The demand for fossil fuels is increasing exponentially - with China and India developing an insatiable demand for new energy resources. With China expanding its influence around the world to insure its energy future.

Rising prices are rapidly redistributing much of the world's wealth, enriching the coffers of many regions and nations hostile to the West, and some pouring into nations struggling to contain growing radical forces in their societies. The majority of the world's proven oil reserves is now controlled by "national oil companies" - in Russia, Saudi Arabia, Kuwait, Nigeria, Venezuela, Iran and Libya - rather than by market-focused energy producers. National oil companies that could use their energy supplies to pursue political and strategic objectives rather than respond to the demands of the market. Russia has brazenly flexed its energy muscles to manipulate markets in the Ukraine.

Oil is a powerful strategic weapon in the hands of those with whom we may find ourselves at odds.

Climate change and natural disasters also contribute to the instability that can give rise to conflict. Humanitarian crises, population migrations and epidemic diseases threaten cultural and social stability. Modern communications bring these disasters into our living room, 24-7. Technology and modern transportation offer opportunities to mitigate the impact of such disasters - but also the opportunity to exploit disasters by radical groups.

A humanitarian crisis in Somalia provoked by famine drew our country into peacekeeping that became conflict in the mid-90s. As did the political and humanitarian crisis that befell Haiti.
Desperate people around the world look to America - the world's lone superpower - with a heart of gold - for solutions. And often we say yes and step into the chaos of an ungoverned or barely governed society - calling on our military to carry the burden.

And in ungoverned regions, and in this dynamic -- and in some regions, destabilized -- environment, we have shadowy terrorist organizations seeking to advance their radical agenda. For America and the for the West, the most virulent threat is Islamic extremism, particularly the Sunni Salafi variant promoted by Osama bin Ladin and Al Qaeda.

The Salafis and sympathetic parties seek to impose a pure Islamic law known as "Sharia" on Muslim countries, eliminate U.S. and Western influence in their homelands and spread Islam around the world - and are motivated to re-establish the original Muslim state, the Caliphate. We see the West as a beacon for liberty - they see the West as decadent, licentious and the world of X-rated movies.

It doesn't matter whether we believe that they can accomplish this. It matters that they believe it is achievable and that violent jihad is the path to victory - and they're patient - willing to work for generations and destroy innocent lives in their pursuit of their goals.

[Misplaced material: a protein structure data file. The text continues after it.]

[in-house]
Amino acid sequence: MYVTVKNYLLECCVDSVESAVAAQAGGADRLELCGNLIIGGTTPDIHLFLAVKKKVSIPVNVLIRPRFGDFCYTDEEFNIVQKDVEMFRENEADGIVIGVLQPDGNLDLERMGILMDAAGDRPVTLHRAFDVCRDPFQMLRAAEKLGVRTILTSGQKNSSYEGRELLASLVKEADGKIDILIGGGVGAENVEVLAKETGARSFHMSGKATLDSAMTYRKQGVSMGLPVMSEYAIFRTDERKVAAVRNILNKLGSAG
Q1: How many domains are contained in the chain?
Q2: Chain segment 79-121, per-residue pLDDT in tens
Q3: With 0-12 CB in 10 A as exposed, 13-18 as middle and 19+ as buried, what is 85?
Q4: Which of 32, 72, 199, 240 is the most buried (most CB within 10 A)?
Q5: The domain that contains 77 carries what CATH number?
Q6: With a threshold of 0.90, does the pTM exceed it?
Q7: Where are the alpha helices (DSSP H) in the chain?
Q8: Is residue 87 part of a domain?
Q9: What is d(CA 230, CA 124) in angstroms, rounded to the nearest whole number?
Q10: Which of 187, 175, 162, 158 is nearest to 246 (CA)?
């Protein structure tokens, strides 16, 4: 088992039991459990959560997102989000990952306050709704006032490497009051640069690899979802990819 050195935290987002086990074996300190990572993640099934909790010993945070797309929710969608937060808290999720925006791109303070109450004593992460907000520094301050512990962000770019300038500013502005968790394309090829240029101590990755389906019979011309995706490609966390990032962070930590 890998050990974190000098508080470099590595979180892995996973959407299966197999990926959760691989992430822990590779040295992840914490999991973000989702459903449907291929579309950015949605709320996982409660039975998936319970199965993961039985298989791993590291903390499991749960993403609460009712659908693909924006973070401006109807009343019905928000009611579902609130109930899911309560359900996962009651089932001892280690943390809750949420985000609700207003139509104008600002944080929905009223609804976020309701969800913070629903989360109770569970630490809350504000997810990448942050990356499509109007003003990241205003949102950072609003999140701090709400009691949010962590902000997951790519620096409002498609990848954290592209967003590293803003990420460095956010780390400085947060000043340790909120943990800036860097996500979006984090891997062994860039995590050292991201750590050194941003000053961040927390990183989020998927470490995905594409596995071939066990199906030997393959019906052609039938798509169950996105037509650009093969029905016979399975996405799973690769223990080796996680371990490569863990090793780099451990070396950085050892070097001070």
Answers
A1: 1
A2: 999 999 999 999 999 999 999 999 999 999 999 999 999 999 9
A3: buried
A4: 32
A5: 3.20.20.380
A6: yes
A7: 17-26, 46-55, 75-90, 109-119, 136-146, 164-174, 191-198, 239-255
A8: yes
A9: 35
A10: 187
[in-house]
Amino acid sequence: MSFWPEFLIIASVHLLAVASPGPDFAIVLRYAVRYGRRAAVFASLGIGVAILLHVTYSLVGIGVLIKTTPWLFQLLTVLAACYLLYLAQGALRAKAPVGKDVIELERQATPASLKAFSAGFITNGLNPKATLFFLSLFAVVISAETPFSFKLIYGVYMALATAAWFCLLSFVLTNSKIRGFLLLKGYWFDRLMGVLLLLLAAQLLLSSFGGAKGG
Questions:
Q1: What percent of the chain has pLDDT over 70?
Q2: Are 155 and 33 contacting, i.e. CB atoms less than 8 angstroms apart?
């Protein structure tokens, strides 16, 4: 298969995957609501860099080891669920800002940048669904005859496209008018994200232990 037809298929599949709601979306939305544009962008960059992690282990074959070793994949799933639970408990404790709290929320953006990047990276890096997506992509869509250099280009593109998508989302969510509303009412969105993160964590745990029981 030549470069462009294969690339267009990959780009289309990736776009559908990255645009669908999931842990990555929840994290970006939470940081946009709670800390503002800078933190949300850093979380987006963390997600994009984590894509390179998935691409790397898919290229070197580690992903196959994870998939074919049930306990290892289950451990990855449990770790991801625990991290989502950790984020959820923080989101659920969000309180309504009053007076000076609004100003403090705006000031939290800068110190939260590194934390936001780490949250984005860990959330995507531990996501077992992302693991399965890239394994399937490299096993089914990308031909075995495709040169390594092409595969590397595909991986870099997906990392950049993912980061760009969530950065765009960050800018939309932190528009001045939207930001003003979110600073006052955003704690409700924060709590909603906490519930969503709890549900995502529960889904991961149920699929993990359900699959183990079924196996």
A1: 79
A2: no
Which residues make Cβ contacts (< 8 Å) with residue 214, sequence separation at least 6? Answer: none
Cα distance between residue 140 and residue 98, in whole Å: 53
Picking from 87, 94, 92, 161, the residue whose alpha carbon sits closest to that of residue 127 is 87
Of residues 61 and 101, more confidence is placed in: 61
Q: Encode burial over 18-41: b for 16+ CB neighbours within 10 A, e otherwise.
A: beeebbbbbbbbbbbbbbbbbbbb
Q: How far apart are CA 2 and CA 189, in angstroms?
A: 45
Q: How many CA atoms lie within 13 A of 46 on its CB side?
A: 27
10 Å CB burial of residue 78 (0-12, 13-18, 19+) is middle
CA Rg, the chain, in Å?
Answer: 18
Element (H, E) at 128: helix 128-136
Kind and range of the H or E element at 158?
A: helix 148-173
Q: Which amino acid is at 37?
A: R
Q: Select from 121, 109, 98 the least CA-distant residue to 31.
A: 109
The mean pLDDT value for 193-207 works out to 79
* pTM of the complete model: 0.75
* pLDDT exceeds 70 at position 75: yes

We also know that Al Qaida is seeking weapons of mass destruction and would use them against us given the chance. As Deputy Secretary of Defense Gordon England put it, why did they kill 3,000 people' Because they didn't know how to kill 300,000.

Iran poses both a non-state and a state challenge to us. It promotes its own form of Shia Islam and subsidizes proxy groups - such as Lebanese Hizballah -- that are anti-Israel and anti-U.S. Iran currently funnels lethal support to our enemies in Iraq. With increasing oil revenues fueling their ambitions.

And although a National Intelligence Estimate released this week contains some encouraging news, the fine print contains warning signs. Iran remains a threat to the United States and a destabilizing force in a key region of the world.

Hizballah itself is an example of the military challenges we may face in the future. Hizballah was credited with a strategic victory over Israel last summer and has been emboldened by its world-wide recognition.

The conflict also demonstrated just how effective a determined, prepared irregular force could be using niche capabilities such as anti-ship and anti-tank weapons against a larger, more technologically advanced but conventional force. The success of Hizballah has fueled the ambitions of like-minded groups once intimidated by the military might of the West.

Overseas, our response to the earthquake in Pakistan in 2005 - led by our military - alleviated suffering and built good will in that critical region of the world. Pakistan, a member of the nuclear club, is struggling to balance the demands of radical Muslims and a growing Western-oriented younger population and maintain order.

We could talk all day about this - many of you could add much to the discussion - but to sum up, we look to the horizon and see a future of persistent conflict - and the likelihood of persistent engagement. We have to be ready, and - as my daughter would say - ready for whatever. We would say full-spectrum readiness. And FCS is key to full-spectrum readiness.
AUSA, Chief Sullivan, thanks for hosting this conference.